Well the whole business was an exploratory process, so there's not just one revelation, there were a whole number I think. And this is in the philosophical as well as in the - in the philosophical elements of the course as well as in politics and economics. And you know the exciting thing about it was probably when you can begin to understand that you're exercising your own judgement and coming to reasonably sensible conclusions. When you can pick out the metaphysical from the real and practical. When, you know, one of the things we studied very briefly, because there wasn't all that much to it, was Machiavelli. Now the conventional wisdom of Machiavelli is that he was a terrible person, advocating terrible things. But the truth of it is that he never advocated anything. All he did was to describe what you needed to do in medieval Italy if you wanted to be a power and stay in power.

Well some of that still applies, doesn't it?

Well it all applies. I mean you could rewrite Machiavelli in today's terms and the sorts of things that he said rulers did, he just observed. This is what successful rulers do to stay in power. This is what unsuccessful rulers fail to do and they get defeated or poisoned or stabbed in the back.

So tell me.

And you know, all, the actual techniques and whatever are probably different, but there's no reason why you couldn't translate Machiavelli into a democratic state and say what you needed to do to stay in power in democracy. But he was not writing a philosophy, he was describing events. And he was not making any moral judgement about those events.

So later on, when you yourself were in a position of power, did you sometimes catch yourself behaving in a way that would make you think this is as described by Machiavelli? Or did you actually ever consciously put into effect some of the systems that he described?

No, I don't think ever.

You never actually ...

Well ...

... consciously were, as they say, Machiavellian in what you did?

But he, he was - I mean one of the simple things that he would have said, in a democratic state you've got to win an election. Well, I won some elections. But I wouldn't have thought this is what Machiavelli would have described. But I wouldn't have thought - I mean whatever you were, became part of your own consciousness and you wouldn't have said this is what Locke prescribed or Descartes or anyone else for that matter. You are what you are, you make your own judgements. You're not applying somebody else's rules, somebody else's prescriptions. If we brought down a budget, I didn't say, 'This is a bit of Keynes', or something. You're just exercising your own judgement, and doing what you think you need to do.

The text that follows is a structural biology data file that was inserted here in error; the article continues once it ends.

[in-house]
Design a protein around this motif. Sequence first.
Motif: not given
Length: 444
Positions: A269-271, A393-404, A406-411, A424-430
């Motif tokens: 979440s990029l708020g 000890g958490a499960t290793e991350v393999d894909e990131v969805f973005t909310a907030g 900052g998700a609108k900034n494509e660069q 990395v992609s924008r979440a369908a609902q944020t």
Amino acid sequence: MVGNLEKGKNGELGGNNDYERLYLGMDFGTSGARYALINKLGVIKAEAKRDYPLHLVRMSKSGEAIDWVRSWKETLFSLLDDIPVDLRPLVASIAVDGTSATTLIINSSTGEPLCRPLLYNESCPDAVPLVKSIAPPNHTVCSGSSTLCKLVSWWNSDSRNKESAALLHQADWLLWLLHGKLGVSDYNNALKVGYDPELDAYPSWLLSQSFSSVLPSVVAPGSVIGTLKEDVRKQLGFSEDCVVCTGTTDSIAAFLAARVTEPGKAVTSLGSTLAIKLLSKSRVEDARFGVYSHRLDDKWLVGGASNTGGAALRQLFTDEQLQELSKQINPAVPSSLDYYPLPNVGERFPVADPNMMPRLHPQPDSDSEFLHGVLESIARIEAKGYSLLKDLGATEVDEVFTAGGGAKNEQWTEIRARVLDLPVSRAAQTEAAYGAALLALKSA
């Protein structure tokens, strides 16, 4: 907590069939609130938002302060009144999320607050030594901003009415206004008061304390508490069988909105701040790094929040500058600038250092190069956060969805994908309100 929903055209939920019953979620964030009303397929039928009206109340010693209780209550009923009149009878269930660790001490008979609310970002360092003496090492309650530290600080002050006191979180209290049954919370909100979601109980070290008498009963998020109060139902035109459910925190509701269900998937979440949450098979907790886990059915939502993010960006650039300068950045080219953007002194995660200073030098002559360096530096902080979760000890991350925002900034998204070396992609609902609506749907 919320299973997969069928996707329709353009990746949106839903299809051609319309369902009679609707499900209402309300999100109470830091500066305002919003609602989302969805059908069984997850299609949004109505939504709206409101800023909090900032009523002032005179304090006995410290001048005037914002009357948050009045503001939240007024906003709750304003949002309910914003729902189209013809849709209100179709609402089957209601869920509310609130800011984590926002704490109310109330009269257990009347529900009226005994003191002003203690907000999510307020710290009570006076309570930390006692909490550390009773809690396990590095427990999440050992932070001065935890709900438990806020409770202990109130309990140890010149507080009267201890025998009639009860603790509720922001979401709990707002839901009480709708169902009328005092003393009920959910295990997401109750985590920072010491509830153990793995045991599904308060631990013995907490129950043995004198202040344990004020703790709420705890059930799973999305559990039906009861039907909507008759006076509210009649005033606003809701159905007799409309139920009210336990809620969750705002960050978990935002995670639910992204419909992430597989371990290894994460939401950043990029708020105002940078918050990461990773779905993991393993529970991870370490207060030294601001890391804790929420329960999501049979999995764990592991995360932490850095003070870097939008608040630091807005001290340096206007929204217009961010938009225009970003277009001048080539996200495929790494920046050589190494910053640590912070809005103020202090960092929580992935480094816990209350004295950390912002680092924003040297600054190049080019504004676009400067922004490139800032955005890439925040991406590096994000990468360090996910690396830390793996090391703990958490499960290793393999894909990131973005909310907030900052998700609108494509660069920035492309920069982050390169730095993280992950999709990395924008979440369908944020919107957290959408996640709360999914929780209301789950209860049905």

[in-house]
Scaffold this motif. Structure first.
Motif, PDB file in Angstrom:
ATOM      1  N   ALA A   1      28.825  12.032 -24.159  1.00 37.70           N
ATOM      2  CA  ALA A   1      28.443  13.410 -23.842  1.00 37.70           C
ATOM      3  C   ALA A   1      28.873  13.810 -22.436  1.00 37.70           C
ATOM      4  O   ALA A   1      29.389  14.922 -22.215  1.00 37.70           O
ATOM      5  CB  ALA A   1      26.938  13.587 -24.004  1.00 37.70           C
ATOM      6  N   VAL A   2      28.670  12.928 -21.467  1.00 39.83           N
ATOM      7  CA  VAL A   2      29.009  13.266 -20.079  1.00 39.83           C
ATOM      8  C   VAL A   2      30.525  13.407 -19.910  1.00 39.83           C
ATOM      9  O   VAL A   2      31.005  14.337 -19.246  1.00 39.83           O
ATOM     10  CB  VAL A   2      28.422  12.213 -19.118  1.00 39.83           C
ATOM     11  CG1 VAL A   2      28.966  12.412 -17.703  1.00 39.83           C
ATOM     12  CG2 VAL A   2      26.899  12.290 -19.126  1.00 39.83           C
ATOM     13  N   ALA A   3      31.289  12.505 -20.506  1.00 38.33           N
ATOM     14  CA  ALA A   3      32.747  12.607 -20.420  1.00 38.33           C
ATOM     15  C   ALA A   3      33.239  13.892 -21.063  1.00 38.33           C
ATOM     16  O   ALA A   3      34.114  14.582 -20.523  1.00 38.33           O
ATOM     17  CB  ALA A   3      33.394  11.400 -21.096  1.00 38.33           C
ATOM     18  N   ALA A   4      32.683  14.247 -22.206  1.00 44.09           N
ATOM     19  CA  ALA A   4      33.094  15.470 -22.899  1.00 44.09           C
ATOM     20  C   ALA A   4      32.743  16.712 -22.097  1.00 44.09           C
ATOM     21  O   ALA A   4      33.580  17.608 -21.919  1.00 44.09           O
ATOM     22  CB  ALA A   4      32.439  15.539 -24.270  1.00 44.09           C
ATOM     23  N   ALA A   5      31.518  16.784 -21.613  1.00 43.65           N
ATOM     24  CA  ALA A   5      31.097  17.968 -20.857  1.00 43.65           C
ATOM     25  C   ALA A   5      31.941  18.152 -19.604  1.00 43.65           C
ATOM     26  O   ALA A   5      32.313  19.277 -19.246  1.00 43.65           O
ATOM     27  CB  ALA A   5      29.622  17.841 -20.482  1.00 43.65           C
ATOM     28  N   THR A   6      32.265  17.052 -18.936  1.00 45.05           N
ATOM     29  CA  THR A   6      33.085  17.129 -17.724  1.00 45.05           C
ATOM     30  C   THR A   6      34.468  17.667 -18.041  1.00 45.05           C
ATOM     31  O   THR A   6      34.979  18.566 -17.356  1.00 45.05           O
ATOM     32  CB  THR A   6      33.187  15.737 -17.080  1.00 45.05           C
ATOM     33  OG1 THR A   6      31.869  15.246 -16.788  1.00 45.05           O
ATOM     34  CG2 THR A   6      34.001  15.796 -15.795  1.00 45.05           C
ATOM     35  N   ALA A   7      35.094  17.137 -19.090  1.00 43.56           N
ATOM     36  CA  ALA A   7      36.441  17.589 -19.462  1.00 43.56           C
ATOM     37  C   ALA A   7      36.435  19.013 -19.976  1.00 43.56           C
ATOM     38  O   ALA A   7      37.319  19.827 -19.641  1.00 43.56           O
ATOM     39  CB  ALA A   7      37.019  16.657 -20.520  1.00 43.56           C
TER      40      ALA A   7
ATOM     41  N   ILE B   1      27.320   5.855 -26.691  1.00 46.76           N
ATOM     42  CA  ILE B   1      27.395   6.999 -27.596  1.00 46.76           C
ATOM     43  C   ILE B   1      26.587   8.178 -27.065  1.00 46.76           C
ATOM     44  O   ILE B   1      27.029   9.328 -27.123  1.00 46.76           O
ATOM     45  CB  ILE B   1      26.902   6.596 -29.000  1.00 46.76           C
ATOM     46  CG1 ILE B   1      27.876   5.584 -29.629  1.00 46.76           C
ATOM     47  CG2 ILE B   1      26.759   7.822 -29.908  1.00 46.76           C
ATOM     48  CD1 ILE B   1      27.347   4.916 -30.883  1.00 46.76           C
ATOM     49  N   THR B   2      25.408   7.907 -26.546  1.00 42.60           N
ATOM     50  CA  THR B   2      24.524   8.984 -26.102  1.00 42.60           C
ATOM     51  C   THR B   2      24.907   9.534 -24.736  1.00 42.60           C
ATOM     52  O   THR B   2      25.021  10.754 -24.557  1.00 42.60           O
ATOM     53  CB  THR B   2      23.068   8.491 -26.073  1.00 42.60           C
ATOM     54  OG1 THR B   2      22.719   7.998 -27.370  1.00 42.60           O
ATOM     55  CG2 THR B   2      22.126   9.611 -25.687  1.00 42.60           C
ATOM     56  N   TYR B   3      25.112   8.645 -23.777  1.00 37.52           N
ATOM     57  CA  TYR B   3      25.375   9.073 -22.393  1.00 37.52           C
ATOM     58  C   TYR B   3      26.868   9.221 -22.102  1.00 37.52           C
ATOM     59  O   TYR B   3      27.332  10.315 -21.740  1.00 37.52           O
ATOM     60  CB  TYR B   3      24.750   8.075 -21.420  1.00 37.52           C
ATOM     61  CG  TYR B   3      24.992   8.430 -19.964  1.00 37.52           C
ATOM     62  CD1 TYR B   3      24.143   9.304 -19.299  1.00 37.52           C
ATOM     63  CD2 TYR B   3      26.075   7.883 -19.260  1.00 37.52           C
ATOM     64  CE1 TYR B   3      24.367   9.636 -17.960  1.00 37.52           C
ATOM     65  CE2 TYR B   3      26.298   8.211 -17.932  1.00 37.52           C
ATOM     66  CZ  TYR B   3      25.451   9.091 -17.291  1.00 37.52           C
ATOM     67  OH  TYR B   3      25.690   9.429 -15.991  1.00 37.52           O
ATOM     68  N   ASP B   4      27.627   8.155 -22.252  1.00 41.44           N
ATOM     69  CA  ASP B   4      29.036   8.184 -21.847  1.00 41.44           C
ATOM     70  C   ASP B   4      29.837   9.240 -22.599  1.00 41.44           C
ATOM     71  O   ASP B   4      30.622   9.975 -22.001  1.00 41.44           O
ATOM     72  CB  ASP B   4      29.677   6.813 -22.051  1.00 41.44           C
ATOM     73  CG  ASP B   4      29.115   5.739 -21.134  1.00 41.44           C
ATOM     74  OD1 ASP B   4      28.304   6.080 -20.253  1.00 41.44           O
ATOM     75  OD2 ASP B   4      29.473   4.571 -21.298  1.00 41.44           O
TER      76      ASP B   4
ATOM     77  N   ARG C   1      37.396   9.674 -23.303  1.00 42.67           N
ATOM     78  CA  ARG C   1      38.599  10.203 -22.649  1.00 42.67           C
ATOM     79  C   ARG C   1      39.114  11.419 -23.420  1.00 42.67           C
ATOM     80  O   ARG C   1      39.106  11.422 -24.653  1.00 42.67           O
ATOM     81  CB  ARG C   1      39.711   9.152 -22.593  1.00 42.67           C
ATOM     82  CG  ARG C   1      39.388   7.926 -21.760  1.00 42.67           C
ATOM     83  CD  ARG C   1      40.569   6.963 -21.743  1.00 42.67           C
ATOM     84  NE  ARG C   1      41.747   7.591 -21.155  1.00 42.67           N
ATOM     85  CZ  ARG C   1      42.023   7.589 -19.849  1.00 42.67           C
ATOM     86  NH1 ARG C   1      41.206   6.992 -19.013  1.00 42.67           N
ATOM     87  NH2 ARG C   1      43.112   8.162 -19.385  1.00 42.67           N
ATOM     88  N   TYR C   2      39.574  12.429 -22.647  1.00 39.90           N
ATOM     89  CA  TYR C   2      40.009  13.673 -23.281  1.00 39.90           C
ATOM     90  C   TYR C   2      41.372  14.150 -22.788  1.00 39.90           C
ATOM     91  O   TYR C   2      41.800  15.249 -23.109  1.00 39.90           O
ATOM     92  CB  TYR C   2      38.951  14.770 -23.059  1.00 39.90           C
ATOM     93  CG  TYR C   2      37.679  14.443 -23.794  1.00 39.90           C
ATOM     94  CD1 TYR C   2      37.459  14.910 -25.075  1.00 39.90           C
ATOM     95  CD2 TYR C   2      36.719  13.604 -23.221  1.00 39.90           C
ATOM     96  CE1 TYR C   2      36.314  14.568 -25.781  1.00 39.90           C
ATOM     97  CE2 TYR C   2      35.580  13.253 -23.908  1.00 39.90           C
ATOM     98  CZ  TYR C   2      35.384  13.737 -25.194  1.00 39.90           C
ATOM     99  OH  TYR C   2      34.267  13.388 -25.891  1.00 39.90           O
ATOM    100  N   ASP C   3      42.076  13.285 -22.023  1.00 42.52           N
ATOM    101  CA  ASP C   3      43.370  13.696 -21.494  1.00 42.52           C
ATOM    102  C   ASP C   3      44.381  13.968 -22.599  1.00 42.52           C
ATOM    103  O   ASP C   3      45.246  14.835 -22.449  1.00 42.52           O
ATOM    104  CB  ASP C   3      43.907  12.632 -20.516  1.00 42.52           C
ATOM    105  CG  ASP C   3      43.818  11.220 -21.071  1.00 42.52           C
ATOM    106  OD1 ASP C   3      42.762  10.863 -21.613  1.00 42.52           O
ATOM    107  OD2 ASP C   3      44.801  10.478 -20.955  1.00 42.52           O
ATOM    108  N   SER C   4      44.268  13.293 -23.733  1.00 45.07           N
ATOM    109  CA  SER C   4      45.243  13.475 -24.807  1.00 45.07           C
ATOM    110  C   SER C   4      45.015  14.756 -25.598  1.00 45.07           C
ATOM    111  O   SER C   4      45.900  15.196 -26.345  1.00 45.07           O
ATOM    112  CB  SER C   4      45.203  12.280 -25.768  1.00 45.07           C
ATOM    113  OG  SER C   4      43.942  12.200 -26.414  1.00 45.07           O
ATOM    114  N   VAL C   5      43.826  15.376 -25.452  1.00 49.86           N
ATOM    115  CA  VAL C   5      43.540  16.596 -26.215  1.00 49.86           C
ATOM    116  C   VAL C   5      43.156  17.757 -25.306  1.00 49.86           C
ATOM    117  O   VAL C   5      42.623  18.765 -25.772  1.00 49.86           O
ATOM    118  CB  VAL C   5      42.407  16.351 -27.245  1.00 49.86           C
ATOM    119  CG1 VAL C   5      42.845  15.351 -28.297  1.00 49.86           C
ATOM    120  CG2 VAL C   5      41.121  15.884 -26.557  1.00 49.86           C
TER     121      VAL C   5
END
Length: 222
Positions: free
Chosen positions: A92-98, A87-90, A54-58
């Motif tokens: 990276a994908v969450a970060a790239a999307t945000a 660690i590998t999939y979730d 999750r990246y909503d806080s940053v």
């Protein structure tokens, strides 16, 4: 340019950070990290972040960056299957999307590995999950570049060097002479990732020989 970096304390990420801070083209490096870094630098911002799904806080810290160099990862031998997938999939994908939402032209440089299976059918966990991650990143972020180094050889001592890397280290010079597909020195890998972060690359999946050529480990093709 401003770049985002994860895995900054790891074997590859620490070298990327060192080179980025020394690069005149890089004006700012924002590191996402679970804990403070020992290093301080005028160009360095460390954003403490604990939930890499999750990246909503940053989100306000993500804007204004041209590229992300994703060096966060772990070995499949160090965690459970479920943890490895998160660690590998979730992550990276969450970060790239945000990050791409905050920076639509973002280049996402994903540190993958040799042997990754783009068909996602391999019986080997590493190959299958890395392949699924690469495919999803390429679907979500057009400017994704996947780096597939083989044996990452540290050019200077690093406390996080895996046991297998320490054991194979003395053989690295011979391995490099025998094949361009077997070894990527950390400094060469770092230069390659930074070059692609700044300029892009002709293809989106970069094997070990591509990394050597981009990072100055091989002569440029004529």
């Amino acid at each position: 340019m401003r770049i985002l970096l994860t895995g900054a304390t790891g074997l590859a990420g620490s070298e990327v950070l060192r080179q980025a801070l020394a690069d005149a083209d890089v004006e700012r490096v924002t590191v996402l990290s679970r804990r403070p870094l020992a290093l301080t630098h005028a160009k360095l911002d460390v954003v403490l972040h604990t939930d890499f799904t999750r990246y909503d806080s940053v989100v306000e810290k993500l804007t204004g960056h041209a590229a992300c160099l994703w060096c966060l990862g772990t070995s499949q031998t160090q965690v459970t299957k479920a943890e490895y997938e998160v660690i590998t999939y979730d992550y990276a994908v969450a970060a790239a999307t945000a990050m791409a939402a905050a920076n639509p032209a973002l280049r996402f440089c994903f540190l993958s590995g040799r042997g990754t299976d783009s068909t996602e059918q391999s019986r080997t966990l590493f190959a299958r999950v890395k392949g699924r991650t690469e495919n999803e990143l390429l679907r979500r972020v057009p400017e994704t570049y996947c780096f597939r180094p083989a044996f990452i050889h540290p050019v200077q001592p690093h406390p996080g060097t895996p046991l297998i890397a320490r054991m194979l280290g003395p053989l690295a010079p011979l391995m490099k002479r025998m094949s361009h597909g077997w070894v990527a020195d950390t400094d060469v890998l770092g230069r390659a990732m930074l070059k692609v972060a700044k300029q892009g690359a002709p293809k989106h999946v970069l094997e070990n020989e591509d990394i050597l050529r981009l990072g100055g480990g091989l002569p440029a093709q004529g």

But often on the basis of what you've absorbed.

Well of course, how else can you exercise judgement? You can't exercise a judgement out in the air. I mean that's true metaphysics ...

Clearly ...

... you're influenced by what you are.

And what you are in your case began being shaped, not at Melbourne Grammar, where they didn't have much effect on you intellectually, but at Oxford, where you came ...

I think so, yeah.

So you had a little bit of a sense of intellectual awakening there?


To the world of ideas and ...

Well, very much to the world of ideas.

And at what point did you start thinking of that, as I say, in more practical terms, thinking that some of these ideas had a place in the affairs of a nation, for example.

But a great deal of Modern Greats at Oxford was about nations and how they, how they survive, how they're governed. There's a very long and complex book by a man called Finer, I've probably got the name wrong but it might be The Theory & Practice of Modern Government or something. And he describes - Finer anyway describes all the constitutions of different countries around the world and their differences, and the Westminster system, or the British system, the American system, and why the American system evolved and what they had in front of them when they decided to have a constitution of the kind that they have, and he points out that they wanted something different because they wanted to get as far away from the monarchical system which they had regarded as undemocratic, and for them it had been. They weren't given the right to vote or to be represented. So they wanted something different, and therefore they looked to Europe.

[end of tape]